The late Ken Stabler, who led the Oakland Raiders to victory in Super Bowl XI in 1974, was a legend for how he played football. Stabler, nicknamed The Snake, was difficult to pin down — except as the personification of the Oakland Raiders. A “low ball thrower and a highball drinker” Stabler famously said he studied his playbook like all the other quarterbacks — he just liked to read his “by the light of the jukebox.” Stabler’s love of living and competing made him a star on and off the field.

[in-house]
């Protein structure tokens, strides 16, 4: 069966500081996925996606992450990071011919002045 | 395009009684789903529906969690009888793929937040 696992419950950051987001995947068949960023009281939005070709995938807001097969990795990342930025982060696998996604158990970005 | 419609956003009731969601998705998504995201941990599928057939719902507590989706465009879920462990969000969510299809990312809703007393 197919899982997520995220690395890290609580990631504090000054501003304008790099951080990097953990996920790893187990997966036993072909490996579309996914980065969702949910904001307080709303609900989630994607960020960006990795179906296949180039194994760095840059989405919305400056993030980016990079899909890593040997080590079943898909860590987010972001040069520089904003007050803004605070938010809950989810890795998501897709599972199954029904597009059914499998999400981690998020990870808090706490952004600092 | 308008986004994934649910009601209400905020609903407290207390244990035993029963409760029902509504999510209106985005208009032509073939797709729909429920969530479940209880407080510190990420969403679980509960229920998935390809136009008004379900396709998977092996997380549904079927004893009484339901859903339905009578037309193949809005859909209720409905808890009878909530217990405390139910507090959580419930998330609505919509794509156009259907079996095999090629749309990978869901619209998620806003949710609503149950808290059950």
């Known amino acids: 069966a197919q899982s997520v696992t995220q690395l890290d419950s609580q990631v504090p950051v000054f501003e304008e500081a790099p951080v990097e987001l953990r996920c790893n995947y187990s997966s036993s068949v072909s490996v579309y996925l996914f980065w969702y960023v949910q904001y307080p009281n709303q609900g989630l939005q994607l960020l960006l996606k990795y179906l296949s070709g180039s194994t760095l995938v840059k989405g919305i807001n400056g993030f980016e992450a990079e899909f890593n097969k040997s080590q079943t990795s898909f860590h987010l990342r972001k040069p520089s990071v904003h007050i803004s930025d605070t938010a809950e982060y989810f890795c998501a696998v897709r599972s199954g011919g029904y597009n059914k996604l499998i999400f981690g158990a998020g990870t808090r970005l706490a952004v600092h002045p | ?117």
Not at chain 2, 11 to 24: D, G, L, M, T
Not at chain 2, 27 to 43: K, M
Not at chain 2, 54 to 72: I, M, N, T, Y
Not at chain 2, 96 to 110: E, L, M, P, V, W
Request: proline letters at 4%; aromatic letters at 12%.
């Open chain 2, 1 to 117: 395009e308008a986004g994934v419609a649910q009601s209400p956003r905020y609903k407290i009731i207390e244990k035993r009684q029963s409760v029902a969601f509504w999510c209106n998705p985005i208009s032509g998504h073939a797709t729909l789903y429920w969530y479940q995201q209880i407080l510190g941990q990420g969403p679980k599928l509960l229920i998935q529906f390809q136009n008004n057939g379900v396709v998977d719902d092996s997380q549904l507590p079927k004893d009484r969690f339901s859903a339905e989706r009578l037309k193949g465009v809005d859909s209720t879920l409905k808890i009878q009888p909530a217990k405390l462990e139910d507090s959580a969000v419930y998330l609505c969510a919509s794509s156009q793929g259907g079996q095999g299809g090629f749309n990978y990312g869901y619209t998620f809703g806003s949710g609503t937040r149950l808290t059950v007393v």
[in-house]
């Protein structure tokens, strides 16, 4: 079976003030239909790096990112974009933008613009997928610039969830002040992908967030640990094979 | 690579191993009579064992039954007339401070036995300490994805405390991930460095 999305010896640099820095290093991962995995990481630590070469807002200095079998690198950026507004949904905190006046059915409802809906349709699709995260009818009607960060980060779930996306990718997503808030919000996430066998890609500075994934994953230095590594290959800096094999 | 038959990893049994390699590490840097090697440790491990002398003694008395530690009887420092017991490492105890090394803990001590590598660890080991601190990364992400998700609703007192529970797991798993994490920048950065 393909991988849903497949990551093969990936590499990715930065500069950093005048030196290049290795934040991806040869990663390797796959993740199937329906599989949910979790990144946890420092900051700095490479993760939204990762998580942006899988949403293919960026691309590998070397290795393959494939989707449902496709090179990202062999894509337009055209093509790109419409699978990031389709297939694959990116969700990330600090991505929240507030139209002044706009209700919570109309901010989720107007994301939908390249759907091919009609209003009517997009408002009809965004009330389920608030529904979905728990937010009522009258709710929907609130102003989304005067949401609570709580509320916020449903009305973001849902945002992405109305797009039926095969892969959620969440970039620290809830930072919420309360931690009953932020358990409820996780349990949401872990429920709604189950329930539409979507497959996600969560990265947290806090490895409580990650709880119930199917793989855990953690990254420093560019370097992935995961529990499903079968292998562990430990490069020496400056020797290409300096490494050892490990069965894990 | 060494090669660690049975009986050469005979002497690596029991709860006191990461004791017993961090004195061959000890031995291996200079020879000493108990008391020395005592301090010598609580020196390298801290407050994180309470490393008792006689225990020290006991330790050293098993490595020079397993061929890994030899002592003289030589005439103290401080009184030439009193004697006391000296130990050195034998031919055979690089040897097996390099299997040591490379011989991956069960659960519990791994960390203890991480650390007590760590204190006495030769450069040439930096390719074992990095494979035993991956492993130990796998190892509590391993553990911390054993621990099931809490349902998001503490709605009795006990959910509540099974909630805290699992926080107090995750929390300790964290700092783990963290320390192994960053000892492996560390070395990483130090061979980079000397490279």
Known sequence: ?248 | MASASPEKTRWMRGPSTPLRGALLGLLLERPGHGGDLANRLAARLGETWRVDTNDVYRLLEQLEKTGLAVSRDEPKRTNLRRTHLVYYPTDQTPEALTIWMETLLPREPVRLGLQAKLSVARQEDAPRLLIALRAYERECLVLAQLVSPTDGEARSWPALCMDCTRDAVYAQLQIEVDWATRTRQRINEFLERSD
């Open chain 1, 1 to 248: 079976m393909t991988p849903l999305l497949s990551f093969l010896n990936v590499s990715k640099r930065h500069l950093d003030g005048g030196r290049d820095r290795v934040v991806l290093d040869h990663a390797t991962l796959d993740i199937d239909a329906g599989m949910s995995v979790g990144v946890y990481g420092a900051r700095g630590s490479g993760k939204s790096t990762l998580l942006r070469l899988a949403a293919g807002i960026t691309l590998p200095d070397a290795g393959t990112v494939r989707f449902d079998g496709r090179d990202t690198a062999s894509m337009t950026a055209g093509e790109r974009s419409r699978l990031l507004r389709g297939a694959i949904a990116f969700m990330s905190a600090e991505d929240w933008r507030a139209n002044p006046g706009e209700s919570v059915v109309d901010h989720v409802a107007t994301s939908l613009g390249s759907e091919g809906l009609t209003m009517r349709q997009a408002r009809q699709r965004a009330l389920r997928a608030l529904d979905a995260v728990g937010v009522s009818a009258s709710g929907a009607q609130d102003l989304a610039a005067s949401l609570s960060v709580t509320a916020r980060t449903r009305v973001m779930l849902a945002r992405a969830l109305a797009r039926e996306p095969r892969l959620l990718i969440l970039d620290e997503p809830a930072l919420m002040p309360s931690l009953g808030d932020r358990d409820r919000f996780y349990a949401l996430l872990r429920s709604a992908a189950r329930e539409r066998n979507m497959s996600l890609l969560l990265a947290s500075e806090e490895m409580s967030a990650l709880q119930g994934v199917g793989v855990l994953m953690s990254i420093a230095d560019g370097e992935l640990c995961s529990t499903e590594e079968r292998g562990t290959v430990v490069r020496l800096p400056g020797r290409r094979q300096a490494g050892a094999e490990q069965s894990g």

John Madden, Stabler’s coach and famous broadcaster/videogame icon, paid Stabler the ultimate compliment, saying: “if I had one drive to win a game to this day, and I had a quarterback to pick, I would pick Kenny.” A native son of Alabama, and Crimson Tide QB too, Stabler maintained a Southern gentleman style, even as he became an Oakland icon. His Stabler Foundation supported the Ronald McDonald House, helping children. Stabler died on July 8 from colon cancer at age 69. A giver to the end, he donated his brain and spinal cord to medical research. (To Boston University’s Chronic Traumatic Encephalopathy Center in support of research into degenerative brain disease in athletes.)